A protest group lobbied outside the town hall last night demanding the council fight for education services, libraries, schools and against particular developments.

The Save Our Square  E17 (SOS) campaign were joined by many others from different campaigns outside Waltham Forest town hall from 6pm last night.

SOS has been campaigning against government cuts and the Local Plan approved by Waltham Forest Council in December 2017. The plan includes a number of high rise blocks as part of plans to regenerate Walthamstow Mall and changes to the nearby square.

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Campaigners stood on the town hall steps and refused to be ignored.

Children, dogs, parents, trade unionists and socialists joined together on the steps of the town hall to put pressure on the newly elected council before their full meeting later that evening.

Danny Herbert, a parent of an autistic child, was there campaigning. He said: “Children with special needs and disability are being failed in Waltham Forest. We are calling for services to reopen for all kids in need.”

Donna Bibby, a public service union organiser for schools, said: “We have lost many teaching assistants due to school budget cuts. We really need to link up and fight for jobs for education workers and to protect vulnerable children who need us”.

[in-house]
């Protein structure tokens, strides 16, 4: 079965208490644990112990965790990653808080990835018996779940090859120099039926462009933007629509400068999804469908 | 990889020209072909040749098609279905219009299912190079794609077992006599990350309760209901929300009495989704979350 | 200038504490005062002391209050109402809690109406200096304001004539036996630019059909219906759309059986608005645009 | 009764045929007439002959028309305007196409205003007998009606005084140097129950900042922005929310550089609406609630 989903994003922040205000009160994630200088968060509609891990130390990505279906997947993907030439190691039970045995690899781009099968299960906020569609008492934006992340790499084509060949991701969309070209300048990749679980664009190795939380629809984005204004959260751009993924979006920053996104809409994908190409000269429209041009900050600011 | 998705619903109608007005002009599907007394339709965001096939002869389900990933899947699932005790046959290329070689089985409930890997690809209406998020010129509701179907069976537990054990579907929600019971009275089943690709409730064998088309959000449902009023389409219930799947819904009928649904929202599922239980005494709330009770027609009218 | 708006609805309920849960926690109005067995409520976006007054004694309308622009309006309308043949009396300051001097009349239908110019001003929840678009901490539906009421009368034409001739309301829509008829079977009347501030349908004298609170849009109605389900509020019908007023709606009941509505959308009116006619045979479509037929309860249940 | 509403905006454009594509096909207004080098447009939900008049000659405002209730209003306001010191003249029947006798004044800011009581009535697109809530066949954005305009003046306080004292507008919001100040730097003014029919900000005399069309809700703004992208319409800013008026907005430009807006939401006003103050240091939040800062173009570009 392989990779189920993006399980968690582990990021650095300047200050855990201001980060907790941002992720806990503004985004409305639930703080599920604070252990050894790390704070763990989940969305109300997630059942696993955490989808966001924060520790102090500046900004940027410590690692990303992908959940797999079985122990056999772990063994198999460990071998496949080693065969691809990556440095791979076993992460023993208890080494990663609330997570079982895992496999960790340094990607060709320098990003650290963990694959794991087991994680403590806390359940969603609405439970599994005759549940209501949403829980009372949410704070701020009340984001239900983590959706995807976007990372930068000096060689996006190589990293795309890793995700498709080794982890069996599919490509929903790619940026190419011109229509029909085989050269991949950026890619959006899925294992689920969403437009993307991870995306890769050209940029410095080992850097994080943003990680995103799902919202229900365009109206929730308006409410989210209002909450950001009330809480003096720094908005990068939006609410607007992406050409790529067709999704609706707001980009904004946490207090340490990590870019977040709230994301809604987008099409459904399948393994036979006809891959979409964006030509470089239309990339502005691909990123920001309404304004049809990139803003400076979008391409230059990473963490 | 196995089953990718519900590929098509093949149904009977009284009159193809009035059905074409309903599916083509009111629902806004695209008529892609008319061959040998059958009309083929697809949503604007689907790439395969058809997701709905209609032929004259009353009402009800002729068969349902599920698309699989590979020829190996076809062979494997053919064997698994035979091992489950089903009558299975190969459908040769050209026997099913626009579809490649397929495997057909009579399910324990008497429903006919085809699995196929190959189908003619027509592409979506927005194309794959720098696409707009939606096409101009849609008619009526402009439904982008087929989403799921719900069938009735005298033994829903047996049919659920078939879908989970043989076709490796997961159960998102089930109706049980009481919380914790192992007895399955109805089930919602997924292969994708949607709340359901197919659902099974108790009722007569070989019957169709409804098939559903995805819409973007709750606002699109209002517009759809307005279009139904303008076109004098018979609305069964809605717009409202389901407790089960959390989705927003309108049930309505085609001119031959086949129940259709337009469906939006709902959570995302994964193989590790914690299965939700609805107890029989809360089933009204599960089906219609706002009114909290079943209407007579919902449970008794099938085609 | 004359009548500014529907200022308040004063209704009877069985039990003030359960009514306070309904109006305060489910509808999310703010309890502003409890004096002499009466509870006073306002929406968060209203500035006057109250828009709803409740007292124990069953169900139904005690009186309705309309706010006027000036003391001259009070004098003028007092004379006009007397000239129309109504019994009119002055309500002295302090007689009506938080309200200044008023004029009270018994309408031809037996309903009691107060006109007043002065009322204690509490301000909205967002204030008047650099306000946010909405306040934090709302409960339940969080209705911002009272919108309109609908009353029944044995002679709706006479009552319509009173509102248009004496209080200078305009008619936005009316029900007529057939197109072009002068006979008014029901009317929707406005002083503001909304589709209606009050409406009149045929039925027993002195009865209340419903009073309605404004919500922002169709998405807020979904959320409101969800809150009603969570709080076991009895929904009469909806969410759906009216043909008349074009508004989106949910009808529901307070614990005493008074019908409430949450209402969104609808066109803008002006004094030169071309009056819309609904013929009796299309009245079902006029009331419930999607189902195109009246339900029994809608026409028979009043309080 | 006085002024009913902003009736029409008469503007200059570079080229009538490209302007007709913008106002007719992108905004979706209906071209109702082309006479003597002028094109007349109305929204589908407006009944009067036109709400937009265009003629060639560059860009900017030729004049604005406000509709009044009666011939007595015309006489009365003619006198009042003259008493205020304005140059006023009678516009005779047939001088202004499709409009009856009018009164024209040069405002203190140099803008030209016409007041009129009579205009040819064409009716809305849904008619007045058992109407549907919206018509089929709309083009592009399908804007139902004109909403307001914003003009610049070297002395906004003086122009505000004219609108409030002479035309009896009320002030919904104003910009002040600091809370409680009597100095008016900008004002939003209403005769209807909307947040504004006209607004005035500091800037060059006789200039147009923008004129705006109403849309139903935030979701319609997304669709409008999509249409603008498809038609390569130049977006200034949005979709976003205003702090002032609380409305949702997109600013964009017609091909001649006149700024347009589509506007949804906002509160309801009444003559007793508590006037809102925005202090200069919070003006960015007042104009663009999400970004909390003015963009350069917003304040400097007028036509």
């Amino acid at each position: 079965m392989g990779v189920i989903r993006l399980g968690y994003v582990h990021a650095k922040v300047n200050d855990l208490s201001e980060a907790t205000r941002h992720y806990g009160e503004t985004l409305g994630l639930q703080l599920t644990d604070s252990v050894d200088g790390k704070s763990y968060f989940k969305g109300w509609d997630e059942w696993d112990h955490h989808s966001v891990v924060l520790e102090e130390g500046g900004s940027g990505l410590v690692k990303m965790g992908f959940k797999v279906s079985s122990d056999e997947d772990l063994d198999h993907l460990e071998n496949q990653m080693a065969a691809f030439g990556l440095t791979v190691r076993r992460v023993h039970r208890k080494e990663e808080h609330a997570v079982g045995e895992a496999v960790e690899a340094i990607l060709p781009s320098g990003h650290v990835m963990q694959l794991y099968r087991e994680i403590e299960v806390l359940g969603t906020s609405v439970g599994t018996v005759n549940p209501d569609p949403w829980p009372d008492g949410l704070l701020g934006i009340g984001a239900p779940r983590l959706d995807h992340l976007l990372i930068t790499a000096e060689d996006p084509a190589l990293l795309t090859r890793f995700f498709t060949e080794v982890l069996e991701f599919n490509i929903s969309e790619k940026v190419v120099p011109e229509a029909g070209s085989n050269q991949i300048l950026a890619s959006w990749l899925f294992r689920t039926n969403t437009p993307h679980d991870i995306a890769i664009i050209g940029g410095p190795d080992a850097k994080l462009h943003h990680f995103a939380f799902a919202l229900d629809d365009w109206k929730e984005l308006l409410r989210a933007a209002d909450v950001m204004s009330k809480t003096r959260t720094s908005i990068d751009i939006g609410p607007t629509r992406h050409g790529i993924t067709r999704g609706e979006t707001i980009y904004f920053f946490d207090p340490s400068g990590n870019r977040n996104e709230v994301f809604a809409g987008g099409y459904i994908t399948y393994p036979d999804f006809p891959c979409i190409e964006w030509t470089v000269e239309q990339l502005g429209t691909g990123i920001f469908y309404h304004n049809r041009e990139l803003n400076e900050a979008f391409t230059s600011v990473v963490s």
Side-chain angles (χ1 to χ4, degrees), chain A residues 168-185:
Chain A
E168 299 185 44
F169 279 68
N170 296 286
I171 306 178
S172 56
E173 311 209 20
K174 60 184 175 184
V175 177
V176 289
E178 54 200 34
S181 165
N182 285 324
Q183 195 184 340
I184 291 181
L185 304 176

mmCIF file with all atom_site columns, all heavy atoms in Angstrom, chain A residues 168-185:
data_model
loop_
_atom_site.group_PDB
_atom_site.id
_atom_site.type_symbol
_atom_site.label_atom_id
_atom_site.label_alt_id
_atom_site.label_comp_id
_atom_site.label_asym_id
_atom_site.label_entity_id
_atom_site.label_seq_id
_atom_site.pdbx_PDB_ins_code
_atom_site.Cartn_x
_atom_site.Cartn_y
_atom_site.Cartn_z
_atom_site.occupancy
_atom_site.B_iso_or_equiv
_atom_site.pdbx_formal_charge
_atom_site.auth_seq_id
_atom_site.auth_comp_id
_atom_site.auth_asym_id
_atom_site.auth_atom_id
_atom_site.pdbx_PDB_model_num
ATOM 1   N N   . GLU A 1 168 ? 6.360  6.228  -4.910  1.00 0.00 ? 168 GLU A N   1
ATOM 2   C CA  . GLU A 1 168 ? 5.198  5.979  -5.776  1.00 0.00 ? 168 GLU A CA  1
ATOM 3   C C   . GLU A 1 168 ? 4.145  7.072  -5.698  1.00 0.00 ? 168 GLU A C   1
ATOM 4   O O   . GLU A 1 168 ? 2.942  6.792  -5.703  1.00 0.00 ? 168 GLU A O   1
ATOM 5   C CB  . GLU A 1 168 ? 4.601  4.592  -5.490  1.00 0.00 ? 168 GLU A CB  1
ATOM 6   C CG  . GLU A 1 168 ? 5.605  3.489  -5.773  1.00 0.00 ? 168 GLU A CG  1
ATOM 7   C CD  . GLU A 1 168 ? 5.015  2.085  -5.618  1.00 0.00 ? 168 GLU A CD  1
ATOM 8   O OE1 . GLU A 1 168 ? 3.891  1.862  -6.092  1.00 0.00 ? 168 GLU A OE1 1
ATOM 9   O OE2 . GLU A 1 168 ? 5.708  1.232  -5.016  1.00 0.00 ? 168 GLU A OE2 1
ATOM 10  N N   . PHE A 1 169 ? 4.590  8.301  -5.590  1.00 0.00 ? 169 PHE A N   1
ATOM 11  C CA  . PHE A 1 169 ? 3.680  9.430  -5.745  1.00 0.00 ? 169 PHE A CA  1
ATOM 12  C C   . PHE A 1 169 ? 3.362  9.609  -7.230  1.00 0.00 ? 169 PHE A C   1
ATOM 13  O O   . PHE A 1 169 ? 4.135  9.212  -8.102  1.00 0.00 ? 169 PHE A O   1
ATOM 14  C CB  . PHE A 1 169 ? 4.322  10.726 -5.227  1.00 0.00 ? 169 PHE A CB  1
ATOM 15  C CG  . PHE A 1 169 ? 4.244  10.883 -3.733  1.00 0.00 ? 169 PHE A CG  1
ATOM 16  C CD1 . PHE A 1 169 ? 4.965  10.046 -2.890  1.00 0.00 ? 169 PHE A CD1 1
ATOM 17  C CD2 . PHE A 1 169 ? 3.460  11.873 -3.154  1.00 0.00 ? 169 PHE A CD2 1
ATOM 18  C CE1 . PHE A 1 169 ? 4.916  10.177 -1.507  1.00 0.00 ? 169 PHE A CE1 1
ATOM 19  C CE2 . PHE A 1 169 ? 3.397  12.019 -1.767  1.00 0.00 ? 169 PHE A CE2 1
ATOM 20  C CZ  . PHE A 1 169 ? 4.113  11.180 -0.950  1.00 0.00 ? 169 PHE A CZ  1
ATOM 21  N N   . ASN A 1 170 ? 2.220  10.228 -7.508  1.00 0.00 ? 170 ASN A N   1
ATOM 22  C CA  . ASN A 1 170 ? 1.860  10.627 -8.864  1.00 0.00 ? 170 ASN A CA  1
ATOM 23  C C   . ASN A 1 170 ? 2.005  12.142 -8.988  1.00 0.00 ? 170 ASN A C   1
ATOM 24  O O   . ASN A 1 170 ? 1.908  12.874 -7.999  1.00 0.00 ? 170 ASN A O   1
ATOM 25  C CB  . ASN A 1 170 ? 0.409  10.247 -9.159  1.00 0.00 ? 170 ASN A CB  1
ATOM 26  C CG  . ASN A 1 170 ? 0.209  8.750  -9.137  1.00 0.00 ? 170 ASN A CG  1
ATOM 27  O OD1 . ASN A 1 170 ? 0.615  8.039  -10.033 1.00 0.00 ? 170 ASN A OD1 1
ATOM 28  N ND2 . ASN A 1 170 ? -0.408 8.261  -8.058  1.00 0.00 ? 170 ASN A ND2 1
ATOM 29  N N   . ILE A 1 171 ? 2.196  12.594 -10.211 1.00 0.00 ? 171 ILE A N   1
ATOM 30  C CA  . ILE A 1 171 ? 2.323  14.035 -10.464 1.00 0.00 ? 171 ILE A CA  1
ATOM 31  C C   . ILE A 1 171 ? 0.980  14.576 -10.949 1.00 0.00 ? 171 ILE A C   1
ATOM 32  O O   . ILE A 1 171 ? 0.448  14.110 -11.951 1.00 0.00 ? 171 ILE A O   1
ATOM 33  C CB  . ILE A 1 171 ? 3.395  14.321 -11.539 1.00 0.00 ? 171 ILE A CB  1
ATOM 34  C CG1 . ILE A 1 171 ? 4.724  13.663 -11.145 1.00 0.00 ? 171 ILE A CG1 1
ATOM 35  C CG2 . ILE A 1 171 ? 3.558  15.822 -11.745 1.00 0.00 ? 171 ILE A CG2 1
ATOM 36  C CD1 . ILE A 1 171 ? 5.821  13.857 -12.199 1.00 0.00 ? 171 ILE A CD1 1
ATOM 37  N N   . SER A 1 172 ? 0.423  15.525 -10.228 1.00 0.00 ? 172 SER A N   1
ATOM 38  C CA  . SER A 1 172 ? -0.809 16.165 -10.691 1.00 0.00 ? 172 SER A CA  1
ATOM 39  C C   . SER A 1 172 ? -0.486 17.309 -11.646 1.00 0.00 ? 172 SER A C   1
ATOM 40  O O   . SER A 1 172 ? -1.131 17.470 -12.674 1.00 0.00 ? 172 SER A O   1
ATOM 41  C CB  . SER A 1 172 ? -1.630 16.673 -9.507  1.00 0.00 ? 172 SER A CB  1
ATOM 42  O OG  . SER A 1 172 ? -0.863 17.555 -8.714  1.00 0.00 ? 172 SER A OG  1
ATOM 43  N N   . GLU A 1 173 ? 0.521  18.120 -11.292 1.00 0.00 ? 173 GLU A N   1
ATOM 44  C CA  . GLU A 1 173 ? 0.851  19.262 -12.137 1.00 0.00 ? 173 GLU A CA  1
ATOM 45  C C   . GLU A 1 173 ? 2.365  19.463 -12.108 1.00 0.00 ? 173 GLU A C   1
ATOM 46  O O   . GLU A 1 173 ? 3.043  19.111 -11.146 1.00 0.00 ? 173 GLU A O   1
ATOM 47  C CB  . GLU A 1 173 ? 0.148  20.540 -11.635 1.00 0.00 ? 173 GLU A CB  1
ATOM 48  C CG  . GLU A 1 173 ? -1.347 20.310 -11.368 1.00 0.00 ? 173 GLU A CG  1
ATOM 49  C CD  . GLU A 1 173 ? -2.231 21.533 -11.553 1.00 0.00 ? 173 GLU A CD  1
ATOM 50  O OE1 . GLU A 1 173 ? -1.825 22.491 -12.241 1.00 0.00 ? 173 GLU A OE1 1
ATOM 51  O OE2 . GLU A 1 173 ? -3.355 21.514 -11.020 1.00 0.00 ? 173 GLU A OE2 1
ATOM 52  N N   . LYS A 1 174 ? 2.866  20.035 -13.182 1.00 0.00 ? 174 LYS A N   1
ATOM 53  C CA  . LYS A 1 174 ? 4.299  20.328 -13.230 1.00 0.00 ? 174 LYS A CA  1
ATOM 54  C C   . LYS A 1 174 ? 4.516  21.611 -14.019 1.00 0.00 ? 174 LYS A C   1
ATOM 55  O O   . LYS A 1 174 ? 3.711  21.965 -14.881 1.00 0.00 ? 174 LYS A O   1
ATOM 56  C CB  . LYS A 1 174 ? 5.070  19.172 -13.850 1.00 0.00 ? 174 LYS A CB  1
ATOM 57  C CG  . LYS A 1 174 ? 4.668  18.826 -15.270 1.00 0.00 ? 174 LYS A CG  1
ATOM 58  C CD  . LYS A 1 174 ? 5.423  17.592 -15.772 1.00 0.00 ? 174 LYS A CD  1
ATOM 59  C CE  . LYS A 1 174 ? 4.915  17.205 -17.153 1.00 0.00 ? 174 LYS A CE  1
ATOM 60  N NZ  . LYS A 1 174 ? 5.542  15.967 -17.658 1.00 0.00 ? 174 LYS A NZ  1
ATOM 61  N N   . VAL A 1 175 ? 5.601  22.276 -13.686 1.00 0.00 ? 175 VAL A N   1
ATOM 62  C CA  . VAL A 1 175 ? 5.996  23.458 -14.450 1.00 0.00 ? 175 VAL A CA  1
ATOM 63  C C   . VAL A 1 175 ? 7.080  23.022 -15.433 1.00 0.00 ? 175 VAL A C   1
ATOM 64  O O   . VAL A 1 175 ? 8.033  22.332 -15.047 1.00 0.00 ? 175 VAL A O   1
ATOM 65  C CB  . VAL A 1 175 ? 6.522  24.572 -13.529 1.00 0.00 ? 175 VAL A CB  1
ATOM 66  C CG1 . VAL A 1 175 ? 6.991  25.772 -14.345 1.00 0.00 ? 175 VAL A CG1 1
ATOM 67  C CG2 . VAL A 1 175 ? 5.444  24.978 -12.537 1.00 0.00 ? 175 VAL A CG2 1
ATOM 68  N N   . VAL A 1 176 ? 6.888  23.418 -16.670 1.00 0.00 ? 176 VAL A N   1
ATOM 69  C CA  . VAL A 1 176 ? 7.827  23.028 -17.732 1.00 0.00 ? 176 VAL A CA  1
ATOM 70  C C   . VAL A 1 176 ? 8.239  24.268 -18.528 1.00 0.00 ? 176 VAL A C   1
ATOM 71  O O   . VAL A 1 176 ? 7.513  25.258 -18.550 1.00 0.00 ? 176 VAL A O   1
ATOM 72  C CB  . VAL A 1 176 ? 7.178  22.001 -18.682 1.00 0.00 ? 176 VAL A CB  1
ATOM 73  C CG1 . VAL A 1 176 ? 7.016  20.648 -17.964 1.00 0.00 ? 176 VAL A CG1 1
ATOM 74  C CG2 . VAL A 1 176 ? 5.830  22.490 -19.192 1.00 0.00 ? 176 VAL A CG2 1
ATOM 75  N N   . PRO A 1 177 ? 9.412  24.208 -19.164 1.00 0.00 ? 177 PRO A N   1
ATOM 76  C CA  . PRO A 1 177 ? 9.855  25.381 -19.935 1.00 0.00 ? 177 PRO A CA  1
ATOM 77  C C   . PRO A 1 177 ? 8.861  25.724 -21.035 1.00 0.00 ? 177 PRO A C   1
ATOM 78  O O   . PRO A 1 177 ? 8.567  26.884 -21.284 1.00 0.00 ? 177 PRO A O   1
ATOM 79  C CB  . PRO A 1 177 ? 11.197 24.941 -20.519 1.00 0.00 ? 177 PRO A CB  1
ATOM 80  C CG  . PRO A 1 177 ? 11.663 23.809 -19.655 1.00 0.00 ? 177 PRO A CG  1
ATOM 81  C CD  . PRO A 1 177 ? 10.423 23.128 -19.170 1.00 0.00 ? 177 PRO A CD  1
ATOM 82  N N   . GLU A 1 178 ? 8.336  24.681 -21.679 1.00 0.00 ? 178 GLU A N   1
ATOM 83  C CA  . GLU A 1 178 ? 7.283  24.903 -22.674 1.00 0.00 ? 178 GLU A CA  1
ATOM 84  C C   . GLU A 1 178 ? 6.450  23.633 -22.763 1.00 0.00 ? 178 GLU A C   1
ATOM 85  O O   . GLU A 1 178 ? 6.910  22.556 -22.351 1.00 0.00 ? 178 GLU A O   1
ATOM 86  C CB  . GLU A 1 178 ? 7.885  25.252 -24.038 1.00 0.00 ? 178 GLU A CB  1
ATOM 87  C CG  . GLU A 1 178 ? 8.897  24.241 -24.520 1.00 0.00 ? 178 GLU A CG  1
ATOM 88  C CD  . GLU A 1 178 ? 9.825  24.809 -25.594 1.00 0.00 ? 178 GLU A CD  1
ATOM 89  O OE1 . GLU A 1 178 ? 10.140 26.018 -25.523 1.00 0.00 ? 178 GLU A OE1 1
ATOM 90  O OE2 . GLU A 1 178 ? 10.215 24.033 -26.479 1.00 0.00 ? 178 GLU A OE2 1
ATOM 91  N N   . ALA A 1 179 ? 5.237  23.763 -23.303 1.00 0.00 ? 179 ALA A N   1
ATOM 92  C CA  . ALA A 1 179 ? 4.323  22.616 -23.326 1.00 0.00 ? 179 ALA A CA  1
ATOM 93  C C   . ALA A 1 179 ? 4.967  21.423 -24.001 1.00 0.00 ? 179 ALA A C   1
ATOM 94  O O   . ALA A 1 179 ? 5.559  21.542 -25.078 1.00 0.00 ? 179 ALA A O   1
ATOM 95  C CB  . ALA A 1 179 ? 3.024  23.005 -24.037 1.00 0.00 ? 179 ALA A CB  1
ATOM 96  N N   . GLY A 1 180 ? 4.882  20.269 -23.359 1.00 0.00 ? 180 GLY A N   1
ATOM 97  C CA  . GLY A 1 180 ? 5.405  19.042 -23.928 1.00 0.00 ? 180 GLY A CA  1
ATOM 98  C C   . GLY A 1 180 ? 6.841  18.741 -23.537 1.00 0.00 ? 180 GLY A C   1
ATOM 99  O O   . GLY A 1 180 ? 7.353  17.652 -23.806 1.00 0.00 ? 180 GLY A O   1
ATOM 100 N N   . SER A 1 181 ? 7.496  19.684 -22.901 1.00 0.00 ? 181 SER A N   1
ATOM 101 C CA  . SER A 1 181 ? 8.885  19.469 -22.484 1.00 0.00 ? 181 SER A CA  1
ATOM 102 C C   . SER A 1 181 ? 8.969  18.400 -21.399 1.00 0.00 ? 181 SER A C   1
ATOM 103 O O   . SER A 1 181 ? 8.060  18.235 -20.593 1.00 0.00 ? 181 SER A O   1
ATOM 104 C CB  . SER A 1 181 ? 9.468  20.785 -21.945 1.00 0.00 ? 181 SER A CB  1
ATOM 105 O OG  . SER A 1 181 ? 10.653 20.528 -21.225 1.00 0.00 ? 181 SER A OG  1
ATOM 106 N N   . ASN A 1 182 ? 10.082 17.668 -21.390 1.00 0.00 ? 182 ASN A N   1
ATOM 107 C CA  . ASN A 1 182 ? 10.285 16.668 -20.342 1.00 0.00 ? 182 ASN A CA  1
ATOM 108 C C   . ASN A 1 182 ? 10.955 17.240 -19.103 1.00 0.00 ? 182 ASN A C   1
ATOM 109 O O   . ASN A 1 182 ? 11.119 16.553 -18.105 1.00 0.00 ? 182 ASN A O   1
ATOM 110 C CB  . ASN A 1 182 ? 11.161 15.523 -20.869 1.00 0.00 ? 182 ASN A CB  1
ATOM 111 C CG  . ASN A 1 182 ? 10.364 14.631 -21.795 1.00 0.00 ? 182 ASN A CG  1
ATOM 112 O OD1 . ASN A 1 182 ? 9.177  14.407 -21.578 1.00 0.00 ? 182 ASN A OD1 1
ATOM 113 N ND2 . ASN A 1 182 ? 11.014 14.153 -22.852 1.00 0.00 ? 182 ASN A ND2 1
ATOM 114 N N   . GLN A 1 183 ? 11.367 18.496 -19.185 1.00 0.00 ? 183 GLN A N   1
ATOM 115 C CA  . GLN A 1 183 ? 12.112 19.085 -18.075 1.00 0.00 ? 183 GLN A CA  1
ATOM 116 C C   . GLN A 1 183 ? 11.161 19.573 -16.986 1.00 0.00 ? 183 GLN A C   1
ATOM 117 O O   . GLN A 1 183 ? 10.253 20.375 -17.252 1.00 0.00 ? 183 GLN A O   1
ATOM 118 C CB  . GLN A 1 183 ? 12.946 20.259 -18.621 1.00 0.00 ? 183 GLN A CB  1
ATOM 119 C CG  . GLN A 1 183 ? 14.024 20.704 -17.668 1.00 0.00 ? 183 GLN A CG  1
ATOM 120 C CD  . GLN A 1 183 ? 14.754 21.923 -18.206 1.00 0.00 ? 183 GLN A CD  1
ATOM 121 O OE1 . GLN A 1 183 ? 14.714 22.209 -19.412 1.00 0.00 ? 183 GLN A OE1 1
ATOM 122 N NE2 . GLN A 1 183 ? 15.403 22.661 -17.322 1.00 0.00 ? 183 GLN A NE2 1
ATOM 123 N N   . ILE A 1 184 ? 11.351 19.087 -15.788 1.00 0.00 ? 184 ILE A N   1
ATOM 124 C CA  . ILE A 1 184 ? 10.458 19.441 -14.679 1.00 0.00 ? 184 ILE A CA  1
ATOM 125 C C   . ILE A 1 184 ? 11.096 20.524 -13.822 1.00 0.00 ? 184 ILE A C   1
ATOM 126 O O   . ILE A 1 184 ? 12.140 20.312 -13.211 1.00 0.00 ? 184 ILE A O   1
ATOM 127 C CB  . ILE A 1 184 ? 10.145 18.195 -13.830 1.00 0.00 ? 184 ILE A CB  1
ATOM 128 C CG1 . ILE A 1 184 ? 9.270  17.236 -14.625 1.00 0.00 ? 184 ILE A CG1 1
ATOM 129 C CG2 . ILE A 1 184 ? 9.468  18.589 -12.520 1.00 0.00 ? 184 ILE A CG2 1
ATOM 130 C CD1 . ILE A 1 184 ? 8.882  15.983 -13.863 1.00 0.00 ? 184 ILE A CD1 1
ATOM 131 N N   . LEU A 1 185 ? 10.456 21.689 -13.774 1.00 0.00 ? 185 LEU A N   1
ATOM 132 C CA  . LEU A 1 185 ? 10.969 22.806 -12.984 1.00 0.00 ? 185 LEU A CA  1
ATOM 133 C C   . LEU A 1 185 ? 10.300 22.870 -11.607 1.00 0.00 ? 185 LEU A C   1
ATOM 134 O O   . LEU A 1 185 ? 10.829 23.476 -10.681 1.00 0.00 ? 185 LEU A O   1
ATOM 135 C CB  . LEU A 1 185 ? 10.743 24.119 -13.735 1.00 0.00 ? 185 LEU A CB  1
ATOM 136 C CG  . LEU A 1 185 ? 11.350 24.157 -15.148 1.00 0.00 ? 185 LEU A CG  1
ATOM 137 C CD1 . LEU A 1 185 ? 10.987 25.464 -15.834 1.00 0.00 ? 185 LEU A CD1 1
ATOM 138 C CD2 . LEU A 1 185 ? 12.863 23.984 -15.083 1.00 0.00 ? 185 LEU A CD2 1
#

A spokesperson for SOS said: “This was very definitely a protest against cuts – but the first council meeting after the May 3 election was also understood as an opportunity to appeal to new councillors to listen and defend the services under attack.”

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"No if's, no but's, do the right thing and stop the cuts."

Campaigners handed councillors a letter as they arrived for the full council meeting. The letter said: “We call on councillors to demand a full council debate on the Mall and Square as a matter of urgency. In the last council the doings of councillors were shielded from public scrutiny by their decision to exempt themselves from declaring interests.”

During the previous administration, all but three Waltham Forest councillors had been granted a general dispensation from declaring pecuniary interests.

The council said this was common practice and prevents councillors from being obstructed when completing routine council business, such as setting council tax rates.

SOS campaigners continue to be fiercely critical of this dispensation and the council’s given reasons for it.

The letter added: “We call on councillors to call a vote to re-institute an open register of interests. Save our Square campaign is pledged to maintain active opposition to this grotesque Town Square project. We are not going away.”